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Gene selection via the BAHSIC family of algorithms

MPG-Autoren
http://pubman.mpdl.mpg.de/cone/persons/resource/persons75313

Bedo J, Borgwardt,  KM
Max Planck Institute for Biological Cybernetics, Max Planck Society;

http://pubman.mpdl.mpg.de/cone/persons/resource/persons83946

Gretton,  A
Department Empirical Inference, Max Planck Institute for Biological Cybernetics, Max Planck Society;

http://pubman.mpdl.mpg.de/cone/persons/resource/persons84953

Smola,  A
Max Planck Institute for Biological Cybernetics, Max Planck Society;

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Zitation

Song, L., Bedo J, Borgwardt, K., Gretton, A., & Smola, A. (2007). Gene selection via the BAHSIC family of algorithms. Bioinformatics, 23(13: ISMB/ECCB 2007 Conference Proceedings), i490-i498. doi:10.1093/bioinformatics/btm216.


Zitierlink: http://hdl.handle.net/11858/00-001M-0000-0013-CC9D-3
Zusammenfassung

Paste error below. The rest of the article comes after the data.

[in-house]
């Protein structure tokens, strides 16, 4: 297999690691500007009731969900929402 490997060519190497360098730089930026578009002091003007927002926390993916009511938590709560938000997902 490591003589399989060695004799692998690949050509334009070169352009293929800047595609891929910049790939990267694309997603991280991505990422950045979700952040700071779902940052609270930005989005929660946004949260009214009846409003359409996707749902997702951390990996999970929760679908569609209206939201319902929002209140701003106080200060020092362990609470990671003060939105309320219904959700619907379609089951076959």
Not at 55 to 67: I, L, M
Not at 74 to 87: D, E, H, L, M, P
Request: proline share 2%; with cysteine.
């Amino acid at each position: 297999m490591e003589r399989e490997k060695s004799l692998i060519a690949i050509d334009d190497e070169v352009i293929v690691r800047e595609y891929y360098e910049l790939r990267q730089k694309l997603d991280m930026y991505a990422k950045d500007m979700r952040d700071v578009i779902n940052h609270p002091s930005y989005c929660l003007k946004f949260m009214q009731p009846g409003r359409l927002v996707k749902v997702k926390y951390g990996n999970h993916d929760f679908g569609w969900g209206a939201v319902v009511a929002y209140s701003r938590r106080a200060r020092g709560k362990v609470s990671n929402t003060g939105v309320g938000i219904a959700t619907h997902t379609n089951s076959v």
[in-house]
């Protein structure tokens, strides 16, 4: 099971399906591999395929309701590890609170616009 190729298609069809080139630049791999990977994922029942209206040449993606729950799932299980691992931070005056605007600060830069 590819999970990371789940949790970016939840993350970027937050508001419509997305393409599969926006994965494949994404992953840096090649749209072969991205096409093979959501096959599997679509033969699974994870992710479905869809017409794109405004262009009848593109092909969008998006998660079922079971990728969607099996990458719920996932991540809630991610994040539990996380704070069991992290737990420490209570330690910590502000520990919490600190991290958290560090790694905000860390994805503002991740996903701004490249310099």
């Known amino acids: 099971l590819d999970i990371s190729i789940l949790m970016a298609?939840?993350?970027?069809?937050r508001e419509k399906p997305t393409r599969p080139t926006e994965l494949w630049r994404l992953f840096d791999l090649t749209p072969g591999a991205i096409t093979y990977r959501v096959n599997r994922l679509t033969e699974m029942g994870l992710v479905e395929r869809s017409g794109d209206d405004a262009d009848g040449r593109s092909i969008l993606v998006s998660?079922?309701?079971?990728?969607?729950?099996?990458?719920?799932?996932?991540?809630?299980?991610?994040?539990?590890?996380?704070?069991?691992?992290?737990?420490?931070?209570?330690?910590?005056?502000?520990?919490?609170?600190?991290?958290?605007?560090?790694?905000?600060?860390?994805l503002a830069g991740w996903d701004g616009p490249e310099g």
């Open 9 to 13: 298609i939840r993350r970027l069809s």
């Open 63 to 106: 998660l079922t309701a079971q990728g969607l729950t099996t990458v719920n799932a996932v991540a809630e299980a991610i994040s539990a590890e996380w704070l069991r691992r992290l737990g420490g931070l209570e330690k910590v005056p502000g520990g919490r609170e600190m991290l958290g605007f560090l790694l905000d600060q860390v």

Motivation: Identifying significant genes among thousands of sequences on a microarray is a central challenge for cancer research in bioinformatics. The ultimate goal is to detect the genes that are involved in disease outbreak and progression. A multitude of methods have been proposed for this task of feature selection, yet the selected gene lists differ greatly between different methods. To accomplish biologically meaningful gene selection from microarray data, we have to understand the theoretical connections and the differences between these methods. In this article, we define a kernel-based framework for feature selection based on the Hilbert–Schmidt independence criterion and backward elimination, called BAHSIC. We show that several well-known feature selectors are instances of BAHSIC, thereby clarifying their relationship. Furthermore, by choosing a different kernel, BAHSIC allows us to easily define novel feature selection algorithms. As a further advantage, feature selection via BAHSIC works directly on multiclass problems. Results: In a broad experimental evaluation, the members of the BAHSIC family reach high levels of accuracy and robustness when compared to other feature selection techniques. Experiments show that features selected with a linear kernel provide the best classification performance in general, but if strong non-linearities are present in the data then non-linear kernels can be more suitable.